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Subspecialties Professional Development, Cataract, COVID-19, Imaging & Diagnostics

Making An Impact

Could you talk about your career journey and some of the highlights so far?

During my ophthalmology training, I liked the technological aspects of some sub-specialties. I was drawn to anterior segment – corneal and refractive – surgery. The bonus here is you get to have a real impact on patients undergoing cataract and LASIK surgery. Vision can improve relatively quickly in these patients; it’s rewarding to interact with patients when they can  – quite literally – see how quickly they are recovering.

My other passions are teaching, educating, and research. At Georgetown University I was fortunate to get involved with early clinical trials for laser technology. A real highlight was helping colleagues get certification on refractive surgery, in PRK or LASIK. I saw that working with industry is a great way of developing new technology. So, after transitioning to private practice and building up a network of refractive laser centers – which was very new at the time – I continued to research and collaborate with industry on new technologies. I’m proud to say we built a reputation of being able to take on complex cases.

All the while I was still involved in clinical trials. I joined Avedro as Chief Medical Officer (CMO); the company was seeking FDA approval for cross-linking for keratoconus. I was one of the principal investigators on the study that led to FDA approval, and, in the long-term, reimbursement – which is essential for commercialization. After an IPO, we were acquired by Glaukos and I moved to J&J Vision. By continuing to practice and be a part of industry, I’ve had the privilege of helping more people through the scale of J&J Vision, which spans the entire eye health continuum from myopia management to contact lenses and dry eye, as well as cataract and refractive surgery.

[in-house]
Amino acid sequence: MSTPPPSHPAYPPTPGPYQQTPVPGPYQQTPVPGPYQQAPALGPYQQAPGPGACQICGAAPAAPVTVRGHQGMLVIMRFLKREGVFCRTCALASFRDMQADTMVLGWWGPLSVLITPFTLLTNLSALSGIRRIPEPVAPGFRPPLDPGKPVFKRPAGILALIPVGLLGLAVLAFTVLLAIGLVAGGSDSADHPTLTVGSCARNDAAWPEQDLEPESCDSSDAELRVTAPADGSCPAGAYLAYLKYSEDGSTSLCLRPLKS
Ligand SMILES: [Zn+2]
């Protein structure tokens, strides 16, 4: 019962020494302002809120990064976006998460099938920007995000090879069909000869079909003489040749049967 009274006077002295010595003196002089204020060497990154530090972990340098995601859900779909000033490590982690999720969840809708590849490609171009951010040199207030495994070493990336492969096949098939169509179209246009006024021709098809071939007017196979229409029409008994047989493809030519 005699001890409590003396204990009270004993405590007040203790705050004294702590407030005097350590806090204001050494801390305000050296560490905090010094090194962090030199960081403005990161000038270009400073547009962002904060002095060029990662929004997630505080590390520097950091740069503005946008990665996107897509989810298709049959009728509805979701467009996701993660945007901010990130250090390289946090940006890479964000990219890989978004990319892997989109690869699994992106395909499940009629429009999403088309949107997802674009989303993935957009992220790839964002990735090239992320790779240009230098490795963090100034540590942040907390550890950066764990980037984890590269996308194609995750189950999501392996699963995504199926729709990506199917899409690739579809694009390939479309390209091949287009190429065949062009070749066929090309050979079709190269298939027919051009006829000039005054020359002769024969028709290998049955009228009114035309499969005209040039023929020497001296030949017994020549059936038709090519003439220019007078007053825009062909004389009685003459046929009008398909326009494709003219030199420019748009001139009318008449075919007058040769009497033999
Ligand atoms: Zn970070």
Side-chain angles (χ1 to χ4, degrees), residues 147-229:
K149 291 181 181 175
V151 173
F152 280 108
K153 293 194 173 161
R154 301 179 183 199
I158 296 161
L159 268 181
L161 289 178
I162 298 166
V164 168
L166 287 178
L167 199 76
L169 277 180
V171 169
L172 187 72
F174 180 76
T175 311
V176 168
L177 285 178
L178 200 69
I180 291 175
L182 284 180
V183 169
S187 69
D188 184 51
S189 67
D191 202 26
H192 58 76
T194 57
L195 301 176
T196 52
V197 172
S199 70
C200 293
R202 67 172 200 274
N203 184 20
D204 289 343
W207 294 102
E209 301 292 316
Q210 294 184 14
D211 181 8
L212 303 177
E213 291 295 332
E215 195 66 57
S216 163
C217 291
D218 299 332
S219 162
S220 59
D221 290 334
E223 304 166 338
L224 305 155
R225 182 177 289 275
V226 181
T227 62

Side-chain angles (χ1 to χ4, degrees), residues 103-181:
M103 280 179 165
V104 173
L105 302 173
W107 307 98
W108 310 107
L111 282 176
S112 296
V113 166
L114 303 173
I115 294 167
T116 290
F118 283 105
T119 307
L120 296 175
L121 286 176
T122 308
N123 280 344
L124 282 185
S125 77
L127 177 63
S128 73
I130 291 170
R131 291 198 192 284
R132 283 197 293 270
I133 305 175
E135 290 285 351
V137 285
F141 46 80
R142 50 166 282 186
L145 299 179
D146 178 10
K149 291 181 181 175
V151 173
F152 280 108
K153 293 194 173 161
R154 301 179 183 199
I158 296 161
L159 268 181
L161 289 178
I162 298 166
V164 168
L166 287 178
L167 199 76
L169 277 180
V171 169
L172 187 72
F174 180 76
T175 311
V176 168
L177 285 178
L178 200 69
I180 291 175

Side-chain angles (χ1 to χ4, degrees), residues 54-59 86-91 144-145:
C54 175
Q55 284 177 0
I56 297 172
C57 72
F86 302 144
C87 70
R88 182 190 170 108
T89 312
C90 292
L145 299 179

Have any role models or mentors helped to shape the path you’ve taken?

At every stage of my career this has absolutely been the case. My mentors were the first ophthalmologist I worked most closely with; I modeled my career after them in many ways.Ophthalmologists tend to be very optimistic, positive people who make great teachers. Two who come to mind are my medical school advisor, Robert Weiunber, an excellent corneal specialist, and the head of my fellowship program, Peter Laibson.

I loved seeing them at work – how they spoke to patients, how they educated them, and of course, they were excellent surgeons. When I went into the business side of eye care, there were fewer role models, but there are many intelligent and creative people guiding the development of new technology and products. I’ve also worked with some great people in finance, who helped to teach me about building a company and the importance of developing the right team. My current position at J&J Vision now allows me to act as a mentor to colleagues who have also come into industry from an academic or clinical background.

How can industry meet the challenge of both chronic and preventable eye conditions?

At J&J, we continue to build on our 130-year legacy by pioneering in platforms, creating new categories, and elevating the existing ones. Innovating products is what we do, but our commitment to patient outcomes is the why. The quest for improved outcomes is what drives each innovation, product, and partnership.

Part of our responsibility in the business world is to develop technology that is accessible. This is true from a cost perspective – We need to make sure our breakthroughs are widely affordable wherever possible, and be proactive in the prevention of diseases. Myopia is a good example – it’s a growing epidemic that leads to so many other eye diseases, but it is preventable. At J&J Vision we’re creating solutions with contact lenses like ACUVUE Abiliti that help prevent myopia progression.